The most obvious thing I learned from just the last session is that you need a voice if you want to DM. I talk a lot. I use big words pretty okay. I use small words sometimes. I use lots of words at all times. But when you know your voice is about to give out, let discretion be the better part of valor. A delayed ending can be eventually good, but rushing it in hopes that you can finish will leave it tainted forever. And that fear nearly came true. By the five-hour mark of the last session, my voice was completely destroyed and the very concept of voicing a character that didn’t sound like a pack-a-day chain-smoker was as far away from me as the moon. But I persevered, because I couldn’t accept some strange piece of my own mortality. I’m too young for my body to fail me. That’s dumb, I’m practically still a kid. But here I was, and with literally no options before me, I eventually gave in and gave my voice the rest it needed so I could tell the story, the way it deserved to be told.

But what did I actually learn from that? Well, I finally learned to like my voice. It’s a massive cliche to see that you don’t know what you’ve got until it’s gone, but the first time all of your friends are looking to you to drive the resolution of a 600-hour-long story and you can’t do it, it’s heartbreaking. I always hated my voice. I know, everyone says that. But I was made fun of as a kid for it, because other kids are assholes. But it stuck around. I was mistaken for a girl on the phone sometimes (back in the olden days of having to call, one landline to another, to contact your friends), and that didn’t help. But finally, after listening to my own voice more often than just about anyone except professional voice-users (you know, that common phrase for singers, voice actors, and announcers), it was only after I lost it that I realized how good I had it. And that sometimes, I’m an idiot and nearly ruined it all. So, moral of the story? Don’t ruin your voice, just wait a bit and end the story on your terms.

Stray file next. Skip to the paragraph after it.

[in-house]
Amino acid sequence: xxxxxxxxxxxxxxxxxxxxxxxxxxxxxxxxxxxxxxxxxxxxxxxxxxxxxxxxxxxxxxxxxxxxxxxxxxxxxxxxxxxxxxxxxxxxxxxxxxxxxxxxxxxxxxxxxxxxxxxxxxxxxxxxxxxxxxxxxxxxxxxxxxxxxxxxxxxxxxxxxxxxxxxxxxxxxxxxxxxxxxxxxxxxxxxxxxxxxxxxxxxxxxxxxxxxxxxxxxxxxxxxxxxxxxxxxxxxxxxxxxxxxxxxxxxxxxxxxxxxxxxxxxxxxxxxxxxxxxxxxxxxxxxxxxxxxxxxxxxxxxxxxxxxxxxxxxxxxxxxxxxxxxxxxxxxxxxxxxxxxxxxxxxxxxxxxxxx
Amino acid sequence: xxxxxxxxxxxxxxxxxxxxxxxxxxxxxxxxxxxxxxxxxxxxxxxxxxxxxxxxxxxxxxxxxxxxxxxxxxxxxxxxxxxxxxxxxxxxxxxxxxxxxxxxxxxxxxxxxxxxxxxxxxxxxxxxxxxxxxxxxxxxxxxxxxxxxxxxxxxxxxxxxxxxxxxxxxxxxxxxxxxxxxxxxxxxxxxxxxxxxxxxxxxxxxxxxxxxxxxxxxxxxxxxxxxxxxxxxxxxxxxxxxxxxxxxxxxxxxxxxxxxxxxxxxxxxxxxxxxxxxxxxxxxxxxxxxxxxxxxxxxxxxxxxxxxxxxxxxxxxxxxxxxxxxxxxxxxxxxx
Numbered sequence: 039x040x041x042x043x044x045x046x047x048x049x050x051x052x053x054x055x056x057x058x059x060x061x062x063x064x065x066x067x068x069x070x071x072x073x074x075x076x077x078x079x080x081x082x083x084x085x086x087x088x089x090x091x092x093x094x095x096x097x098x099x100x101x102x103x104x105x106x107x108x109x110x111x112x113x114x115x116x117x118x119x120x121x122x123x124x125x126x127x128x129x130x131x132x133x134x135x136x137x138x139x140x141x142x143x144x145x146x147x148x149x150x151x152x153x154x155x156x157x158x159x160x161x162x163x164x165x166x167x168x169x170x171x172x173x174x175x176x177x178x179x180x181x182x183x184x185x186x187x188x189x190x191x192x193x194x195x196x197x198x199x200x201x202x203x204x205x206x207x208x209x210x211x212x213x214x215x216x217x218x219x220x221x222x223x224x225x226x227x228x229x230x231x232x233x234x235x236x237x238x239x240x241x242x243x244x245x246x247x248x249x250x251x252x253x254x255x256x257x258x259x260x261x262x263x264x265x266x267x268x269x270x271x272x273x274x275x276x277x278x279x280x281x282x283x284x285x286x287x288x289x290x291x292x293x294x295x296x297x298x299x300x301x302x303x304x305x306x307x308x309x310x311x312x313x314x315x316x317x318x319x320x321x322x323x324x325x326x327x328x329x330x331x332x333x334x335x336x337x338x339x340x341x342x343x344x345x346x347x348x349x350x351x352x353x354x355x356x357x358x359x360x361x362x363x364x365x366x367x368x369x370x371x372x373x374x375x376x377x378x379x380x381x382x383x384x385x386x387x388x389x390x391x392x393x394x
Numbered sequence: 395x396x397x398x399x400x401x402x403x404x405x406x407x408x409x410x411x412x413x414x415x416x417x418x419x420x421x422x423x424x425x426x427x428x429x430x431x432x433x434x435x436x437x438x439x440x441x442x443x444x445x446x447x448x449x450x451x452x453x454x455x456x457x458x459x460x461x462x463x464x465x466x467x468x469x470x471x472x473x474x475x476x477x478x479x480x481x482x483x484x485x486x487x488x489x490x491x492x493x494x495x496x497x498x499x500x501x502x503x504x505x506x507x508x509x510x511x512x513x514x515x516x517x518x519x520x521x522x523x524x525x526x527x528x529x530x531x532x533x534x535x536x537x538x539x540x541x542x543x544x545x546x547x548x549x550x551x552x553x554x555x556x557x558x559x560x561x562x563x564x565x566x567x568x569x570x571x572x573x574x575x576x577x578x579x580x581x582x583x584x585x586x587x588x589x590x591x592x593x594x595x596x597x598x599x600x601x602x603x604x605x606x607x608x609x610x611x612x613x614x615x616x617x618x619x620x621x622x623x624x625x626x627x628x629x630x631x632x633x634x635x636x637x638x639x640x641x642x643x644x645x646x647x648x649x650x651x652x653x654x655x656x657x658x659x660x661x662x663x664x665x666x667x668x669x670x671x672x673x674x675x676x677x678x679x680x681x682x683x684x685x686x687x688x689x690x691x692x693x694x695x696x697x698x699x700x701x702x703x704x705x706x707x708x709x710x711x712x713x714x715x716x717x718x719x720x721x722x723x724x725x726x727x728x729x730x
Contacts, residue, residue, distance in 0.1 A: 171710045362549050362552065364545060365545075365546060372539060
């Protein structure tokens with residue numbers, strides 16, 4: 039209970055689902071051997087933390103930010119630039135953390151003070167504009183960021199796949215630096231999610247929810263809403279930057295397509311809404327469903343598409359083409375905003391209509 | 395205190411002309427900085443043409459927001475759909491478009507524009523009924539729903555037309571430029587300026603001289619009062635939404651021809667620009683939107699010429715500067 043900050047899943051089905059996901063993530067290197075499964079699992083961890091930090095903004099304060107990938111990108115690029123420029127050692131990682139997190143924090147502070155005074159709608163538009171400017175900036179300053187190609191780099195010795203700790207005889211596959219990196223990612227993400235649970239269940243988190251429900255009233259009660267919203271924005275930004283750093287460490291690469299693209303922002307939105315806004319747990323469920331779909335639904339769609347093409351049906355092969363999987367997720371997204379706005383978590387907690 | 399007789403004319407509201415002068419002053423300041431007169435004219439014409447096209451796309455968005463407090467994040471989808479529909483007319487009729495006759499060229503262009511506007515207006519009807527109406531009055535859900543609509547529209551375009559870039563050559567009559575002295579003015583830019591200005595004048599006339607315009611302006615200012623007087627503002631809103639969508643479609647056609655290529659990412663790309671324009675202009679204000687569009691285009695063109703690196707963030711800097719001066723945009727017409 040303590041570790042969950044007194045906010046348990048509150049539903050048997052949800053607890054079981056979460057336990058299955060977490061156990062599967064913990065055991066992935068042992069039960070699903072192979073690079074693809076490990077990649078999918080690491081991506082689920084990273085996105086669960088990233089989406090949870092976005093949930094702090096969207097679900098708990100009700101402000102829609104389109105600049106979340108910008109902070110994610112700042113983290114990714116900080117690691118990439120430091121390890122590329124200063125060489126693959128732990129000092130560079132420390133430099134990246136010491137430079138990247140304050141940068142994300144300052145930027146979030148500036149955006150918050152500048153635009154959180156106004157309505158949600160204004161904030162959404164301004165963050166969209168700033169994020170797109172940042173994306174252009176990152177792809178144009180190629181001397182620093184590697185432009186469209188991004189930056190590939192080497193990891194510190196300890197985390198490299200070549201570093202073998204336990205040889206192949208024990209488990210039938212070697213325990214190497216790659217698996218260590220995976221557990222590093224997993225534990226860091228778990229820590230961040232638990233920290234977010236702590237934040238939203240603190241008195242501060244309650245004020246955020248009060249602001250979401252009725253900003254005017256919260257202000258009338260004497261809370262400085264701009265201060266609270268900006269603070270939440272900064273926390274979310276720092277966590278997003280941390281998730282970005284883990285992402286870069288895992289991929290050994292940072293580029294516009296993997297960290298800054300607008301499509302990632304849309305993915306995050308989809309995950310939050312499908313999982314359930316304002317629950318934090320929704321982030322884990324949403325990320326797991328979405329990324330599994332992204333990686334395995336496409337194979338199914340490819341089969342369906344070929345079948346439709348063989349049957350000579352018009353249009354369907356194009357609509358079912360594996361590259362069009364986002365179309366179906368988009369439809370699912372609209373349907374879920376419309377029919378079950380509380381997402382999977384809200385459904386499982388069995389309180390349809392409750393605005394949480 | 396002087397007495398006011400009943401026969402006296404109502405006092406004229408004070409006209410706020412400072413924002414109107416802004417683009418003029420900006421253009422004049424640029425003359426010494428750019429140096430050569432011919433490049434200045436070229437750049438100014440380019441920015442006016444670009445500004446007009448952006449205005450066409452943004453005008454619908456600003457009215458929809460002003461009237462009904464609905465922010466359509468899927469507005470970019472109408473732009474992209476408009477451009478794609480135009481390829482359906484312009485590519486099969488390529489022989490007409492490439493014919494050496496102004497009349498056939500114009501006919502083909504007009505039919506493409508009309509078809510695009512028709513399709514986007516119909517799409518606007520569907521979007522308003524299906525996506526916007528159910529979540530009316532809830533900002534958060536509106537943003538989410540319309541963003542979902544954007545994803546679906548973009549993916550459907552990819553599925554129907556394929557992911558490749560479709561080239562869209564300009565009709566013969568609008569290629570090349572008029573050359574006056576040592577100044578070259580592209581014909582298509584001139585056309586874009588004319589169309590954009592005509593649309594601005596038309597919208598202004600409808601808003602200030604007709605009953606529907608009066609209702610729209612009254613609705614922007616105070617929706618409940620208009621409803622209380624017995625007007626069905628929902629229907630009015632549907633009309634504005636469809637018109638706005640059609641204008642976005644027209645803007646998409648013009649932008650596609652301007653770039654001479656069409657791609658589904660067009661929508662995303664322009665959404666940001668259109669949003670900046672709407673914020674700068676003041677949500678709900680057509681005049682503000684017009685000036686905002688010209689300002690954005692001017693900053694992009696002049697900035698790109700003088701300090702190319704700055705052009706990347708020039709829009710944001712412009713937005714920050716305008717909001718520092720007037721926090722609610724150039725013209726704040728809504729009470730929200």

The biggest thing that stuck out to me, though, is that somber feeling of almost hollowed forlorn. It’s a feeling that I’ve always had trouble pinpointing, and even more describing. Maybe the singular most important reason that I love The Lord of the Rings is because the last 15 minutes is, for me, an extended stay in a world of that forever-missing feeling. If I were a better writer, I’d give it a cute name and refer to it as its own person or some such, but instead I’ll just stare longingly within my own emotional psyche at it, watching it bat its eyes and hope I can find out its name. Spoiler: I won’t. But I had this belief – this complete conviction – that the most important thing I could ever do in my life is be able to recreate that feeling. It drove me to be a writer. It drove me to tell stories. It drove me to be a DM. It drove me to sit out on a dock at 4am on a cold, winter morning in Florida, listening to the sounds of fish breaking the glass-like crystal salt water of the inlet. But it was never within my reach. Even now, it doesn’t feel like it is any more.